Supreme Court Upholds Bribed Corporation Commission Vote Again

The Oklahoma Supreme court has again struck down the efforts of some consumers seeking $16 billion in refunds from AT&T over a bribed Corporation Commission vote in 1989.
With one dissenting vote, the justices ruled they had previously ruled against the issue on other occasions and did again this time. They upheld a decision by the Oklahoma Corporation Commission against refunding the money that stemmed from a vote originally in support of Southwestern Bell Telephone Company before it was taken over by AT&T.
The case in question was PUD 260 where the Corporation Commission, on a 2-1 vote in 1989 determined that SWBT surplus revenue should not be refunded to its ratepayers.
Four years later, then Commissioner Bob Hopkins was convicted of accepting a bribe from a SWBT attorney.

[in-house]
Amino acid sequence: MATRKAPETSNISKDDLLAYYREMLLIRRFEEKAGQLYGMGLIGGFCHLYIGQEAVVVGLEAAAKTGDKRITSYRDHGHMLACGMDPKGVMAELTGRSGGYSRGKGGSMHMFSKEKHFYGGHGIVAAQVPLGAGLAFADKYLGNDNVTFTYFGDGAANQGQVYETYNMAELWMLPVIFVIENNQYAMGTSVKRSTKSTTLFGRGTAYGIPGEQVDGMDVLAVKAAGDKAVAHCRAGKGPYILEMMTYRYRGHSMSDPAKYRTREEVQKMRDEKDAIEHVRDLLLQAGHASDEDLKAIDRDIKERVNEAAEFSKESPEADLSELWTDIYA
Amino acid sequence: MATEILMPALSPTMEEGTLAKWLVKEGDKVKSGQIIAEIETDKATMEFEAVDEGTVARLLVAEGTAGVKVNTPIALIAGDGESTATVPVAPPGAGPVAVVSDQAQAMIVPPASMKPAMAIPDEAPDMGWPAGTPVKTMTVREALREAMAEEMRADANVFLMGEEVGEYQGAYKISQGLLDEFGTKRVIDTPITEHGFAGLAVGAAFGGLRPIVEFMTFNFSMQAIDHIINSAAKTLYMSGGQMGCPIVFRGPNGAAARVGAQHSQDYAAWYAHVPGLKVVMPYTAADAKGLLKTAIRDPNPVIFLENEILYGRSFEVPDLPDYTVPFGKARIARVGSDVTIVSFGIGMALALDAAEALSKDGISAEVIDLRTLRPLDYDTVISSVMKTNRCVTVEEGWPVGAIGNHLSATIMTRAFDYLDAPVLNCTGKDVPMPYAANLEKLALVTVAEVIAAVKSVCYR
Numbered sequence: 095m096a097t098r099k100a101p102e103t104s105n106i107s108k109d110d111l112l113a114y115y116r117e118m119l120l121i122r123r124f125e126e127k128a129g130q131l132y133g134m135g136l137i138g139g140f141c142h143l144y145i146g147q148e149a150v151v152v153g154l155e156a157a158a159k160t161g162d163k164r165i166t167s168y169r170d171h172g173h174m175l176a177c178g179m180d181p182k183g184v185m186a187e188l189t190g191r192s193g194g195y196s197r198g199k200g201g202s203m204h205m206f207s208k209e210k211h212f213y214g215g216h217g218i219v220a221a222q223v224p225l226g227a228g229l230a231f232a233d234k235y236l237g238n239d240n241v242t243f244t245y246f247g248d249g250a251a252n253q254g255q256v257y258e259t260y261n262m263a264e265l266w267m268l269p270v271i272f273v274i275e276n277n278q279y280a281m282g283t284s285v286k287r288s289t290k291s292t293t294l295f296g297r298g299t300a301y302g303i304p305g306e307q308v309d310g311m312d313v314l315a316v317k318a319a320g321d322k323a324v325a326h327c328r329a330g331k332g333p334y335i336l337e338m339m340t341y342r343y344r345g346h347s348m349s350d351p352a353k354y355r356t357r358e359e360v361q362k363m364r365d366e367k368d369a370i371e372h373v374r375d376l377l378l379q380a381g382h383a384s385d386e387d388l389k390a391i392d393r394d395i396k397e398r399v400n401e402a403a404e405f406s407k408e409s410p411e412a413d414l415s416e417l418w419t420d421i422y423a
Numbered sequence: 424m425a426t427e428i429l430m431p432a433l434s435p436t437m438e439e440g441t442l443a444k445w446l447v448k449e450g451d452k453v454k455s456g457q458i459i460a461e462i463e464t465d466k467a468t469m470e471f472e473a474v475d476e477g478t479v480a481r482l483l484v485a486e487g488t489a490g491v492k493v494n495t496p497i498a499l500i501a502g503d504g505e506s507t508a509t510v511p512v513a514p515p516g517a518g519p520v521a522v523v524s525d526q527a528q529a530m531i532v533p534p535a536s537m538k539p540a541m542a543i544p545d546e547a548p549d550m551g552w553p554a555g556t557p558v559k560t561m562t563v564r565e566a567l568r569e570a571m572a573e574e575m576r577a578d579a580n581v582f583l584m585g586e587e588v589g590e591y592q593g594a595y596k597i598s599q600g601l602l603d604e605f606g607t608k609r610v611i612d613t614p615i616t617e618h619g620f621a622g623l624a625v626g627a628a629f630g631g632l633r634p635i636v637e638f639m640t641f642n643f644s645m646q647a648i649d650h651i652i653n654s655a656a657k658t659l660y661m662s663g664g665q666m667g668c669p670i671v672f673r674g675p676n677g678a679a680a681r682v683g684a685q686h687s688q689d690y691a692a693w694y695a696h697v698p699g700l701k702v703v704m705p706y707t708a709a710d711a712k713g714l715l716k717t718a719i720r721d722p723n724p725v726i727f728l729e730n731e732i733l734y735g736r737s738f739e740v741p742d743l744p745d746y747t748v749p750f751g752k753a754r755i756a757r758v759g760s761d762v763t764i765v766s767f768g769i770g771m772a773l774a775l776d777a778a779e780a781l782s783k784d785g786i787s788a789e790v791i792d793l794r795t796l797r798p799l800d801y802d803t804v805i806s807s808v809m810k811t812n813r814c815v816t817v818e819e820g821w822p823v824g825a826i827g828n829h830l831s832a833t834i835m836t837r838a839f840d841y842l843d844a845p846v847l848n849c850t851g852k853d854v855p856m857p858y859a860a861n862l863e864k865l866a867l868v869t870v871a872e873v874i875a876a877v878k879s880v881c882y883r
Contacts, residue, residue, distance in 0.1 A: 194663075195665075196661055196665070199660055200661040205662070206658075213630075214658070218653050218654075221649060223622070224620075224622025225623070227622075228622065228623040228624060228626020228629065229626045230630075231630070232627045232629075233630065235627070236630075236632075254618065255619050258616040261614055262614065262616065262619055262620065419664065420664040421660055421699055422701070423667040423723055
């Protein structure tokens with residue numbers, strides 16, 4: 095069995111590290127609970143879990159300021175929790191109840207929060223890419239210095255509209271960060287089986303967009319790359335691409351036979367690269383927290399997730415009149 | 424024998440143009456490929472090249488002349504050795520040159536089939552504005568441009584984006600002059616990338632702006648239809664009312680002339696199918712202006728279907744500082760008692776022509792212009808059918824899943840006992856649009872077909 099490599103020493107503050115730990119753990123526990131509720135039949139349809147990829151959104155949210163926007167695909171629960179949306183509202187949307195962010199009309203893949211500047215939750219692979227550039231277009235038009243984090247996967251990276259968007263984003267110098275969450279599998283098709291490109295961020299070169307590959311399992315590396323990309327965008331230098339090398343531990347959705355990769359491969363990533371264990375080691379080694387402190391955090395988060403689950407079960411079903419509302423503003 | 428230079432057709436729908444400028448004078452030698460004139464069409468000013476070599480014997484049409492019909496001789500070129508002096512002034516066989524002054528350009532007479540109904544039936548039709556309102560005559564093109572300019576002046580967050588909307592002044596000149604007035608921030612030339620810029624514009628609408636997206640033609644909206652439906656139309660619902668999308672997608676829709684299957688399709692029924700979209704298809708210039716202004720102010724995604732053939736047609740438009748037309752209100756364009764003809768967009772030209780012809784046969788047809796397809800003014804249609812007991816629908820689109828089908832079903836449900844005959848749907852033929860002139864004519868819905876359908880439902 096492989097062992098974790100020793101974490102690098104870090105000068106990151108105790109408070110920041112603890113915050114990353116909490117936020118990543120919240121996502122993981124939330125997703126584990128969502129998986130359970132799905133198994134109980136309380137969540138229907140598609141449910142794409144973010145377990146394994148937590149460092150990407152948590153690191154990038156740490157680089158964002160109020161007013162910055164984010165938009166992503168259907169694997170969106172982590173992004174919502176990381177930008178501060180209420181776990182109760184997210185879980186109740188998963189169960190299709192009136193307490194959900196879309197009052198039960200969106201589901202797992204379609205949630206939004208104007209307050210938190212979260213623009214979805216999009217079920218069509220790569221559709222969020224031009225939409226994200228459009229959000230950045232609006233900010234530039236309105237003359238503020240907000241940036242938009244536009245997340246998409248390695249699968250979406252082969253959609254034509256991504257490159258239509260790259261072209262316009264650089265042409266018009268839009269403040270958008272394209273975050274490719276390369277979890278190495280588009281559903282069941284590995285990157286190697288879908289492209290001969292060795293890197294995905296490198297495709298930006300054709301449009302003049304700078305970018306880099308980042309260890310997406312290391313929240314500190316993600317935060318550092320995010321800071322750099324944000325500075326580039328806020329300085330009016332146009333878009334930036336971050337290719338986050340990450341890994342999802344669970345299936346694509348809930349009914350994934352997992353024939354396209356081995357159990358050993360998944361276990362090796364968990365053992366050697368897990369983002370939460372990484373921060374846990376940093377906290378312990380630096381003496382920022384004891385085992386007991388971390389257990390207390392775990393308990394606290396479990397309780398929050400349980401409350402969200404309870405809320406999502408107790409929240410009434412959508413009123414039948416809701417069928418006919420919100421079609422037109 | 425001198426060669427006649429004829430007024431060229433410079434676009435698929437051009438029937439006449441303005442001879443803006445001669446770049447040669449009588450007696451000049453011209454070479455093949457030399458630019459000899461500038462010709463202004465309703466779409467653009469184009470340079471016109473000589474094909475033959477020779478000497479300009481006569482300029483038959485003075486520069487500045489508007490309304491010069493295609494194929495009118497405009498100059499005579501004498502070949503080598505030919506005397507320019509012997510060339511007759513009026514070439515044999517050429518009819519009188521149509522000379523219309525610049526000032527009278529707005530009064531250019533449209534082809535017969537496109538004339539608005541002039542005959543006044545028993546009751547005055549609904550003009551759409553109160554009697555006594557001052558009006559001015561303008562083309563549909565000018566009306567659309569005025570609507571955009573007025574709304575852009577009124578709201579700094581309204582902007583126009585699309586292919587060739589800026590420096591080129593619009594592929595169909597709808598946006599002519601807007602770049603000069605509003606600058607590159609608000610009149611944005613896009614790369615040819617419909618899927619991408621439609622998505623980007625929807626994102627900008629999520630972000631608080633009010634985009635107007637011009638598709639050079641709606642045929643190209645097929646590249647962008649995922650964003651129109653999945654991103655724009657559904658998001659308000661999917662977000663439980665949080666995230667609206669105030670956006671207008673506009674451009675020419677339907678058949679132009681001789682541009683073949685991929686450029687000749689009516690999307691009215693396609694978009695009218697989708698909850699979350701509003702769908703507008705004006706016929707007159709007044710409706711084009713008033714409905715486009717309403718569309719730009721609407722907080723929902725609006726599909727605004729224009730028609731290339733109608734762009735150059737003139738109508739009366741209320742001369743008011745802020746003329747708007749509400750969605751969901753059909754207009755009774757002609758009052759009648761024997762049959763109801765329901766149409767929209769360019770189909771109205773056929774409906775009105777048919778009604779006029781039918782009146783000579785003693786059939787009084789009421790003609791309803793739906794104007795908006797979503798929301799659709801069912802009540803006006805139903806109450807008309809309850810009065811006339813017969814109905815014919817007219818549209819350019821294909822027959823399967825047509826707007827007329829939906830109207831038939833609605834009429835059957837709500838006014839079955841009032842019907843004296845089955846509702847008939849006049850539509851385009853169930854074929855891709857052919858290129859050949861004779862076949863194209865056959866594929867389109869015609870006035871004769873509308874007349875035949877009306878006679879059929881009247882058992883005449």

In 1997, the commission voted not to hold a rehearing on the case, saying it was not warranted.
Led by Corporation Commissioner Bob Anthony, the lone vote against the 1989 decision, a group of consumers again challenged the issue and took it to the state Supreme court.
“We find the Commission acted within its authority in hearing and granting this Motion to Dismiss,” ruled the justices in referring to the OCC decision.
In in the latest case, the consumers asked the supreme court to reopen and vacate the 1989 order, contending it involves a constitutional violation and required a higher standard of review.
“We find Customers’ assertion without merit. But even so, a full review and consideration of all facts in this matter and the law leads us to the same result,” wrote the majority of the justices. “The issues  raised by Customers have already been considered on two separate occasions——we previously determined that ratepayers were not entitled as a matter of law to a mandatory refund of the surplus money held by SWBT created from federal tax changes.”
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